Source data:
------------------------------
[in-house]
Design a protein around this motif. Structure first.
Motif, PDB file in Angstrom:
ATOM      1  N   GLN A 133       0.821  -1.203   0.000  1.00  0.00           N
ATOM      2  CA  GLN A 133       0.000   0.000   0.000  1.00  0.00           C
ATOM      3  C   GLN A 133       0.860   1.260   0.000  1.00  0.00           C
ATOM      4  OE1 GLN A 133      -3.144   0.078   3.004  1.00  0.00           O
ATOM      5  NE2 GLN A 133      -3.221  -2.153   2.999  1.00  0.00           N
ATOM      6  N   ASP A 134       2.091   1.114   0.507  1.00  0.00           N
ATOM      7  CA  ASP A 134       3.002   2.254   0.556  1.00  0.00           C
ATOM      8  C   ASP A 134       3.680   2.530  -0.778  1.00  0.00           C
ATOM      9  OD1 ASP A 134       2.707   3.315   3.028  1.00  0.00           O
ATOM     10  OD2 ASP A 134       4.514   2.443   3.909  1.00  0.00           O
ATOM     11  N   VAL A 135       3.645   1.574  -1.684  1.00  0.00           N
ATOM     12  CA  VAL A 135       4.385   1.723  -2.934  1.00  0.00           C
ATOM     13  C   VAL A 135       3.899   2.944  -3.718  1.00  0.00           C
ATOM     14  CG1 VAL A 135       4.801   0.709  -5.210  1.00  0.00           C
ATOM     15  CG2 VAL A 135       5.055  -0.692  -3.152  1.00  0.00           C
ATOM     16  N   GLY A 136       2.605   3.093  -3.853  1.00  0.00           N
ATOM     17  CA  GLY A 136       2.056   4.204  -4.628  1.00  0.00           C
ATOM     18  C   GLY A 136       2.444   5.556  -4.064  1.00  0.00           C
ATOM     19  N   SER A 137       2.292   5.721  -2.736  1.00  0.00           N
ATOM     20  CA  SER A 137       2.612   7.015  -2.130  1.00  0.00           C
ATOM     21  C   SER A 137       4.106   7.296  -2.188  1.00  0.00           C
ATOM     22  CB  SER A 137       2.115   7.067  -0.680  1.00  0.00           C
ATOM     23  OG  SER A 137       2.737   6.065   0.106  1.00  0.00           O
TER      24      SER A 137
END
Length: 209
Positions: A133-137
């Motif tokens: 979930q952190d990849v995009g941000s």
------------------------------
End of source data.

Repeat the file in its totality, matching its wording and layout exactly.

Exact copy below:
[in-house]
Design a protein around this motif. Structure first.
Motif, PDB file in Angstrom:
ATOM      1  N   GLN A 133       0.821  -1.203   0.000  1.00  0.00           N
ATOM      2  CA  GLN A 133       0.000   0.000   0.000  1.00  0.00           C
ATOM      3  C   GLN A 133       0.860   1.260   0.000  1.00  0.00           C
ATOM      4  OE1 GLN A 133      -3.144   0.078   3.004  1.00  0.00           O
ATOM      5  NE2 GLN A 133      -3.221  -2.153   2.999  1.00  0.00           N
ATOM      6  N   ASP A 134       2.091   1.114   0.507  1.00  0.00           N
ATOM      7  CA  ASP A 134       3.002   2.254   0.556  1.00  0.00           C
ATOM      8  C   ASP A 134       3.680   2.530  -0.778  1.00  0.00           C
ATOM      9  OD1 ASP A 134       2.707   3.315   3.028  1.00  0.00           O
ATOM     10  OD2 ASP A 134       4.514   2.443   3.909  1.00  0.00           O
ATOM     11  N   VAL A 135       3.645   1.574  -1.684  1.00  0.00           N
ATOM     12  CA  VAL A 135       4.385   1.723  -2.934  1.00  0.00           C
ATOM     13  C   VAL A 135       3.899   2.944  -3.718  1.00  0.00           C
ATOM     14  CG1 VAL A 135       4.801   0.709  -5.210  1.00  0.00           C
ATOM     15  CG2 VAL A 135       5.055  -0.692  -3.152  1.00  0.00           C
ATOM     16  N   GLY A 136       2.605   3.093  -3.853  1.00  0.00           N
ATOM     17  CA  GLY A 136       2.056   4.204  -4.628  1.00  0.00           C
ATOM     18  C   GLY A 136       2.444   5.556  -4.064  1.00  0.00           C
ATOM     19  N   SER A 137       2.292   5.721  -2.736  1.00  0.00           N
ATOM     20  CA  SER A 137       2.612   7.015  -2.130  1.00  0.00           C
ATOM     21  C   SER A 137       4.106   7.296  -2.188  1.00  0.00           C
ATOM     22  CB  SER A 137       2.115   7.067  -0.680  1.00  0.00           C
ATOM     23  OG  SER A 137       2.737   6.065   0.106  1.00  0.00           O
TER      24      SER A 137
END
Length: 209
Positions: A133-137
């Motif tokens: 979930q952190d990849v995009g941000s």